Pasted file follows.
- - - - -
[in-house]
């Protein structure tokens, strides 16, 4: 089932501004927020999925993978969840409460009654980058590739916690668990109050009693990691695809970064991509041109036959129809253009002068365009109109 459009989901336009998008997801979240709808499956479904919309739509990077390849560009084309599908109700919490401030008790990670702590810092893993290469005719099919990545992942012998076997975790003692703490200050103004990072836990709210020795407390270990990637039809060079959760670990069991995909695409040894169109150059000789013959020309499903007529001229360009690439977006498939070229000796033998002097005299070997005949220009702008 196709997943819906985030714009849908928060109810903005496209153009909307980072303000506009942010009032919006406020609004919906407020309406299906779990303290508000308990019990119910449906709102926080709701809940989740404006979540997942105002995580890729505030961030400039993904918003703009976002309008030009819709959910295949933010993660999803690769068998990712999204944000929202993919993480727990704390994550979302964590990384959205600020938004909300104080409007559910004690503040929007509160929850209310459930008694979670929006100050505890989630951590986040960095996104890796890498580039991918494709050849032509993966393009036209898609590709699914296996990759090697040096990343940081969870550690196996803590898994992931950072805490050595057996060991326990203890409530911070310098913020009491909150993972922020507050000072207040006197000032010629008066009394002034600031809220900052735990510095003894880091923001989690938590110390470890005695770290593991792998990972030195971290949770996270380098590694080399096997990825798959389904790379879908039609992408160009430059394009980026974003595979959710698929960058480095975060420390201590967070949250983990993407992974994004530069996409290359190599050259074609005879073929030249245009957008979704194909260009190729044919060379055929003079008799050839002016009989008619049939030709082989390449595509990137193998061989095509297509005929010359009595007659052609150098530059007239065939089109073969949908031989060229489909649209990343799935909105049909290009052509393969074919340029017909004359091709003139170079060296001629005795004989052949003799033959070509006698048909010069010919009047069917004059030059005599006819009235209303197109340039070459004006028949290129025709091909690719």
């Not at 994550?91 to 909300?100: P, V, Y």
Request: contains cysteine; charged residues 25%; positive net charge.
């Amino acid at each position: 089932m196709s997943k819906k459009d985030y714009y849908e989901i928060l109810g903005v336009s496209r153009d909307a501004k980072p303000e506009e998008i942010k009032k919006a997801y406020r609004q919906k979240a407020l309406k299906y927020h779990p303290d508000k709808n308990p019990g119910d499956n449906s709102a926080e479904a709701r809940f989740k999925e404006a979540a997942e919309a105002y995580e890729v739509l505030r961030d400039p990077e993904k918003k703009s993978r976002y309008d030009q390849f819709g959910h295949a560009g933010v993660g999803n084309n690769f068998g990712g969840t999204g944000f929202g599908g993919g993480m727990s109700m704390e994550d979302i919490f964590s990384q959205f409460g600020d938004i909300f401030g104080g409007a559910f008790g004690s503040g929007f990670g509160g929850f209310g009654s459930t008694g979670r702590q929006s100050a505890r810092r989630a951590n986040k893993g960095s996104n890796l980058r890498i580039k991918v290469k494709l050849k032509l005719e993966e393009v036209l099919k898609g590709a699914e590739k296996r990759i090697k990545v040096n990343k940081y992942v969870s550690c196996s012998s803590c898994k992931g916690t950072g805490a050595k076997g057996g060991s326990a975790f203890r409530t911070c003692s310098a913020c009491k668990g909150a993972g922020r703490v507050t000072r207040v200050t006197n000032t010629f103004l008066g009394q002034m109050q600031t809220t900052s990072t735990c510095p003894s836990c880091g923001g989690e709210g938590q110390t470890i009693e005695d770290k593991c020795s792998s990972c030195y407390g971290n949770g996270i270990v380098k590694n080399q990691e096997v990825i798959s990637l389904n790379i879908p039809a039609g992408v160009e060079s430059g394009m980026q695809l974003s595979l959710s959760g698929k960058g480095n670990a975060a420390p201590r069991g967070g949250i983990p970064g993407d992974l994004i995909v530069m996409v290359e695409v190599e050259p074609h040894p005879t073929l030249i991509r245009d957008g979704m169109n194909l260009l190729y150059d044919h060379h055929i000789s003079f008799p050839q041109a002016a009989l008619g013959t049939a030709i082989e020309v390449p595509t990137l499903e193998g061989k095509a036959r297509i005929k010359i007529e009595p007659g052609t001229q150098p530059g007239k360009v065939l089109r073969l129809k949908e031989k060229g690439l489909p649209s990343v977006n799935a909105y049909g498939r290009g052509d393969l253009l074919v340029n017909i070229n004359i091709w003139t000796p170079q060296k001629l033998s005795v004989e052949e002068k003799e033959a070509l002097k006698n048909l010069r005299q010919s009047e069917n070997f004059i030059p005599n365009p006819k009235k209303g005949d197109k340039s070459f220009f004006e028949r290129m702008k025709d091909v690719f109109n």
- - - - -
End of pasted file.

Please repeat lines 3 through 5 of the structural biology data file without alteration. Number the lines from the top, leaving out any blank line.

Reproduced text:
């Not at 994550?91 to 909300?100: P, V, Y």
Request: contains cysteine; charged residues 25%; positive net charge.
């Amino acid at each position: 089932m196709s997943k819906k459009d985030y714009y849908e989901i928060l109810g903005v336009s496209r153009d909307a501004k980072p303000e506009e998008i942010k009032k919006a997801y406020r609004q919906k979240a407020l309406k299906y927020h779990p303290d508000k709808n308990p019990g119910d499956n449906s709102a926080e479904a709701r809940f989740k999925e404006a979540a997942e919309a105002y995580e890729v739509l505030r961030d400039p990077e993904k918003k703009s993978r976002y309008d030009q390849f819709g959910h295949a560009g933010v993660g999803n084309n690769f068998g990712g969840t999204g944000f929202g599908g993919g993480m727990s109700m704390e994550d979302i919490f964590s990384q959205f409460g600020d938004i909300f401030g104080g409007a559910f008790g004690s503040g929007f990670g509160g929850f209310g009654s459930t008694g979670r702590q929006s100050a505890r810092r989630a951590n986040k893993g960095s996104n890796l980058r890498i580039k991918v290469k494709l050849k032509l005719e993966e393009v036209l099919k898609g590709a699914e590739k296996r990759i090697k990545v040096n990343k940081y992942v969870s550690c196996s012998s803590c898994k992931g916690t950072g805490a050595k076997g057996g060991s326990a975790f203890r409530t911070c003692s310098a913020c009491k668990g909150a993972g922020r703490v507050t000072r207040v200050t006197n000032t010629f103004l008066g009394q002034m109050q600031t809220t900052s990072t735990c510095p003894s836990c880091g923001g989690e709210g938590q110390t470890i009693e005695d770290k593991c020795s792998s990972c030195y407390g971290n949770g996270i270990v380098k590694n080399q990691e096997v990825i798959s990637l389904n790379i879908p039809a039609g992408v160009e060079s430059g394009m980026q695809l974003s595979l959710s959760g698929k960058g480095n670990a975060a420390p201590r069991g967070g949250i983990p970064g993407d992974l994004i995909v530069m996409v290359e695409v190599e050259p074609h040894p005879t073929l030249i991509r245009d957008g979704m169109n194909l260009l190729y150059d044919h060379h055929i000789s003079f008799p050839q041109a002016a009989l008619g013959t049939a030709i082989e020309v390449p595509t990137l499903e193998g061989k095509a036959r297509i005929k010359i007529e009595p007659g052609t001229q150098p530059g007239k360009v065939l089109r073969l129809k949908e031989k060229g690439l489909p649209s990343v977006n799935a909105y049909g498939r290009g052509d393969l253009l074919v340029n017909i070229n004359i091709w003139t000796p170079q060296k001629l033998s005795v004989e052949e002068k003799e033959a070509l002097k006698n048909l010069r005299q010919s009047e069917n070997f004059i030059p005599n365009p006819k009235k209303g005949d197109k340039s070459f220009f004006e028949r290129m702008k025709d091909v690719f109109n």